This question came up in the Poly Weekly inbox this week. It’s one we’ve touched on on the podcast several times, but it’s worth a quick evaluation here on the blog as well. Social networking sites such as Facebook have really changed the definition of being “out.” Facebook currently has over 800 million users, Twitter has 250 million and even budding visual social site Pinterest crossed the 10 million user mark faster than any other site in history.
And since Facebook is notorious for having complicated privacy settings that are difficult to navigate and not entirely guaranteed to ensure privacy levels, online privacy on social sites is a growing concern.
Polyamory’s legal status
Now, in general, I’m not a fan of being too much in the closet. Unlike sexual orientation, however, polyamory isn’t a legally protected orientation. Practitioners can be fired or not hired due to their lifestyle and have no legal recourse. So keep in mind that apart from your family and friends discovering orientation through Facebook, your employment status may be at risk as well. After all, Facebook is the second most trafficked site in the world, and many recruiters use Facebook as a recruiting tool; it would be irresponsible of them not to take all the information available into consideration for future employment. (And users benefit from using Facebook for job hunting, too–that same infographic shows that 48% of job seekers have performed at least one job hunting activity on Facebook in the last year and that 16% received a job referral from a Facebook friend.)
Outside of Facebook, it’s also true that any responsible employer will Google new prospects and have access to any of your personal information that is publicly available, including anything you might have posted about your religion, sexual orientation, political views, and medical status. It’s not legal for an employer to ask for this information, but it is legal to Google a prospective employee and peruse publicly available information.
How open is OK?
So this is a case where your boyfriend’s openness could in fact affect not only your private family life but your ability to remain employed as well. Personally, I solved this issue by keeping two Facebook accounts–one vanilla one in which I’m listed as “single” and so can talk about dating, and my Minx account, which lists my open status and LustyGuy as my boyfriend (who links to his wife). However, I wouldn’t recommend that for most people. It’s cumbersome to manage two Facebook accounts and frankly wouldn’t be worth the effort for most users.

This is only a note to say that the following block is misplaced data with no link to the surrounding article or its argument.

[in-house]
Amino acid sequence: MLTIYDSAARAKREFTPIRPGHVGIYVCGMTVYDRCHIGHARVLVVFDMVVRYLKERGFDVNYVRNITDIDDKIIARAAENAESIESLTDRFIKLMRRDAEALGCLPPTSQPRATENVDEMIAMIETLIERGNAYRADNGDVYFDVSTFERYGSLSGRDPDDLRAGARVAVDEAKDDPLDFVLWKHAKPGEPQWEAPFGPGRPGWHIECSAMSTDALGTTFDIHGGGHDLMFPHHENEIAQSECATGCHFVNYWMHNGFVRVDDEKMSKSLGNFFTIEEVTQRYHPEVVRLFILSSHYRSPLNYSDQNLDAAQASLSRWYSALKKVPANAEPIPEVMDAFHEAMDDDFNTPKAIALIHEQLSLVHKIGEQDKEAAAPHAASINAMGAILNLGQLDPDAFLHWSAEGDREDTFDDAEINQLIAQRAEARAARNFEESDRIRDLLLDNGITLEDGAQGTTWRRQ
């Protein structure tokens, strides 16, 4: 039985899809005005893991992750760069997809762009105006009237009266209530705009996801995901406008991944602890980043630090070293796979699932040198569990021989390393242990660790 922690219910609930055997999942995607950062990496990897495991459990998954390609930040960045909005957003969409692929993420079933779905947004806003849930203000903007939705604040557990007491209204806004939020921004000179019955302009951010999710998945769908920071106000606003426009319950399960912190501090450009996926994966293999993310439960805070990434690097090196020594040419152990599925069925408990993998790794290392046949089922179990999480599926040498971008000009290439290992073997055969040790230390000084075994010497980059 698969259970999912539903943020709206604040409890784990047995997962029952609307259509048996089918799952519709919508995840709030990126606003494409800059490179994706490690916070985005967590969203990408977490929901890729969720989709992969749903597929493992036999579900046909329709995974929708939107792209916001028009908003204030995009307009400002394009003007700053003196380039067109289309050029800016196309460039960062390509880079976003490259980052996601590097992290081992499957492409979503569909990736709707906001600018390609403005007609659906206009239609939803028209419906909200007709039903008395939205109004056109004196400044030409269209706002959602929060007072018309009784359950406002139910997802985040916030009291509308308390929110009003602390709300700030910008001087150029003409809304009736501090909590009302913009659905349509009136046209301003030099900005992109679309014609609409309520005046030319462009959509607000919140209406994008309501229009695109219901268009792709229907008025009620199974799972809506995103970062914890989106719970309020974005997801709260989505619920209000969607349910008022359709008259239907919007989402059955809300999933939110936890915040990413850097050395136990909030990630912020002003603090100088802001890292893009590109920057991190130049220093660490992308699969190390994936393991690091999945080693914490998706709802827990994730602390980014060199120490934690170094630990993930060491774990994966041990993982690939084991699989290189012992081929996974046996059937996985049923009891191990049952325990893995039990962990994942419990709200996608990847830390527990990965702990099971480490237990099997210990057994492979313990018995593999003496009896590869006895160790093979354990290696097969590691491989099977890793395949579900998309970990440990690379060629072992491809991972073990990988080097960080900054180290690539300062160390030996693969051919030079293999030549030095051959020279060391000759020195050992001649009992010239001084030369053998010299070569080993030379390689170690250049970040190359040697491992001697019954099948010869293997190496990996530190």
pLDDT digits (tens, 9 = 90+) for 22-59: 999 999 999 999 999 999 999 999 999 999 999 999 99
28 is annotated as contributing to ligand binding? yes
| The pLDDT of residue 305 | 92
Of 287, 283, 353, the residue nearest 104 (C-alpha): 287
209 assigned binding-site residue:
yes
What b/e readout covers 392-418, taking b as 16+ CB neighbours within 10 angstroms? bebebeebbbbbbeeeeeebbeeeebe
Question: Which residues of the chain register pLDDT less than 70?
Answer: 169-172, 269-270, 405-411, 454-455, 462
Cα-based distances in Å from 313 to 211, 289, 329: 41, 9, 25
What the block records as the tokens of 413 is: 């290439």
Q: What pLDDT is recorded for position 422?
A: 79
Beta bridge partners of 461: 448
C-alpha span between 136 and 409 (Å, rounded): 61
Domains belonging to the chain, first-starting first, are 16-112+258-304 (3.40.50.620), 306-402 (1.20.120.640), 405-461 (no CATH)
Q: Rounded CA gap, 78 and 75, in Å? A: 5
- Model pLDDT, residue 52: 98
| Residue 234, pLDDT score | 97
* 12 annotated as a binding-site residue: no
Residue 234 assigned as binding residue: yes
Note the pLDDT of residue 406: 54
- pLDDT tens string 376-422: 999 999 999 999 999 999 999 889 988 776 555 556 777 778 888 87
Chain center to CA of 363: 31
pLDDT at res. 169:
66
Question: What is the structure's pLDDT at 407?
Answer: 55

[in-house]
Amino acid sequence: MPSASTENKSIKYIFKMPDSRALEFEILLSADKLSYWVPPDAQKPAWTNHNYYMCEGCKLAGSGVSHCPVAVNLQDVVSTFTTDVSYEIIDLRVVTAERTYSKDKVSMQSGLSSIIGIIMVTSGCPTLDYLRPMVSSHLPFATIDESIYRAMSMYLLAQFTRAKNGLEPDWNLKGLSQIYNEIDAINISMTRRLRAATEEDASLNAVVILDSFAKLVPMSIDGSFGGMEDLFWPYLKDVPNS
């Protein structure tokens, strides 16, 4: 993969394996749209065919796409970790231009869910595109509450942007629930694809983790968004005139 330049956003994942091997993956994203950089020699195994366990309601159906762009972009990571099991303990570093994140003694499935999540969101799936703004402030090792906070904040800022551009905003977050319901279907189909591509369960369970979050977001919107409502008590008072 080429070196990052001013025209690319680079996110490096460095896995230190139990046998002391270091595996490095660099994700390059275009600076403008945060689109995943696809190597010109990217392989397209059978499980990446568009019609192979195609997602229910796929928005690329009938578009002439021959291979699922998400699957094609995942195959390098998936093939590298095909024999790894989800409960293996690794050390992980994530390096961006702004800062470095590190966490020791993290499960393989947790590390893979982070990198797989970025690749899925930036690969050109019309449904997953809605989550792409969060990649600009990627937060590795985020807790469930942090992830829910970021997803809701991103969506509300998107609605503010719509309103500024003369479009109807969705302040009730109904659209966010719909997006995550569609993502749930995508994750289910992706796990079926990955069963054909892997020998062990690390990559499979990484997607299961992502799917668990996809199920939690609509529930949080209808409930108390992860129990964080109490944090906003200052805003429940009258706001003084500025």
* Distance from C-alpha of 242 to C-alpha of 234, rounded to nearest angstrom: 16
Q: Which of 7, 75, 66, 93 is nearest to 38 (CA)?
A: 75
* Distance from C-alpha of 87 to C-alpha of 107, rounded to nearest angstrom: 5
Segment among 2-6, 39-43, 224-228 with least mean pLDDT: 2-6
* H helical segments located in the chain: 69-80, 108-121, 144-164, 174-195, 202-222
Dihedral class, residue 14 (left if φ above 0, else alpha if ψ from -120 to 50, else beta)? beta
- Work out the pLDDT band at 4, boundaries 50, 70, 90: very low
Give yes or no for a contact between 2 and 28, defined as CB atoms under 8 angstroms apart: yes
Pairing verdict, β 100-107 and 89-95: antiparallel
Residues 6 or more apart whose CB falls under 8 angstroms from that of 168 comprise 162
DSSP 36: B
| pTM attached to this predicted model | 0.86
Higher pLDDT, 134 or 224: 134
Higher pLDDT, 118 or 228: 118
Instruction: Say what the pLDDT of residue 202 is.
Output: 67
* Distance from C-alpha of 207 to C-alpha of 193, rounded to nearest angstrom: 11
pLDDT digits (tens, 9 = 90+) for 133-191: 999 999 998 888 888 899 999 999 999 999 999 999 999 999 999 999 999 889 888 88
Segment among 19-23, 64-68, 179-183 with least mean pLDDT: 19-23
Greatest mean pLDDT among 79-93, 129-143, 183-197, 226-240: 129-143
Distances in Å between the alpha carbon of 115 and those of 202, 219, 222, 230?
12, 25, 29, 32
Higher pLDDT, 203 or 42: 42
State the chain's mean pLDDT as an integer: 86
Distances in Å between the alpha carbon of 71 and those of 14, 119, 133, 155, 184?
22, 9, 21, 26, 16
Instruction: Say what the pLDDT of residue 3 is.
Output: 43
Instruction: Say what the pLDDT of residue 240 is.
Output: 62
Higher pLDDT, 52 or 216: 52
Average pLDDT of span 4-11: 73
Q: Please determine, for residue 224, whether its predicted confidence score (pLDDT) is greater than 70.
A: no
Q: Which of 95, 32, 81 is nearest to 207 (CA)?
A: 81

But the truth is that the internet and social sites such as Facebook have indeed changed things. Your boyfriend’s public open status does affect you in many ways, not the least of which is that now anyone with mutual Facebook friends can discover you are poly. For most people, this might be a public embarrassment or cause some eyebrow raises at the office or at Thanksgiving, nothing more. If that’s the case, no worries. But keep in mind that in addition to your your mom and grandma being able to discover your open status, that bitter ex-husband might also see that Facebook status. And unfortunately, that documentation has been used in child custody cases to argue against a person being a fit parent.
I don’t mean to be too gloom and doom here. The point is that since data lives forever online and Facebook has shameful privacy policies, it is perfectly acceptable–nay, it’s your responsibility–to discuss public online disclosures of your relationship status in order to protect your own privacy.
Rule of thumb
A good rule of thumb is the “grandmother rule”: assume that every piece of information you are putting online will be read by the one person you don’t want to see it (i.e., your grandma). Also, ask permission before posting any public information about a partner. It is a good idea to ask before you post:
- Location information
- Relationship status
- Information about dates, parties or events
I’m curious about how others handle privacy and posting to social networks and other Googleable information. What is your policy?